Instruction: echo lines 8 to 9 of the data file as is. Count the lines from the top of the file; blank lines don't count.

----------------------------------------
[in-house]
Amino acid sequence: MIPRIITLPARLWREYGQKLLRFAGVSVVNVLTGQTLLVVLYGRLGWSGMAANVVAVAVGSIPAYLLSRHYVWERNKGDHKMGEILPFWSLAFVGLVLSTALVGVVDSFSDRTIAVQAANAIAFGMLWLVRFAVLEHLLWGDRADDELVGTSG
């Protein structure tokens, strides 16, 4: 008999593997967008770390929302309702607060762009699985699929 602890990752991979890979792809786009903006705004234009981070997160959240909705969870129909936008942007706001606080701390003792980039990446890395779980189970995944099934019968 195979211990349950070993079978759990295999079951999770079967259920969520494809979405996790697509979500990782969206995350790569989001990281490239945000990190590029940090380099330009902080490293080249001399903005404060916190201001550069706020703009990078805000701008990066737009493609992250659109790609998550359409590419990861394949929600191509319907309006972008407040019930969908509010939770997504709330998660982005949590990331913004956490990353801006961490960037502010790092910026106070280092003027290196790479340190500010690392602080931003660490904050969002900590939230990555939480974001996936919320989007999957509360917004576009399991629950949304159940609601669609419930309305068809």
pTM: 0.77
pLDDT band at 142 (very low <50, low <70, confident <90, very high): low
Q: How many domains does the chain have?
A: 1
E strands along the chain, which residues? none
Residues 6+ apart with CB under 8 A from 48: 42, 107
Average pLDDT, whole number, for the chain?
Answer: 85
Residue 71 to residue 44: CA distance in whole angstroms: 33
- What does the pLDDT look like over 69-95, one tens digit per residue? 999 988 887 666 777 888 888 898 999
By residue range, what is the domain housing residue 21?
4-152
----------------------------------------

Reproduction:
E strands along the chain, which residues? none
Residues 6+ apart with CB under 8 A from 48: 42, 107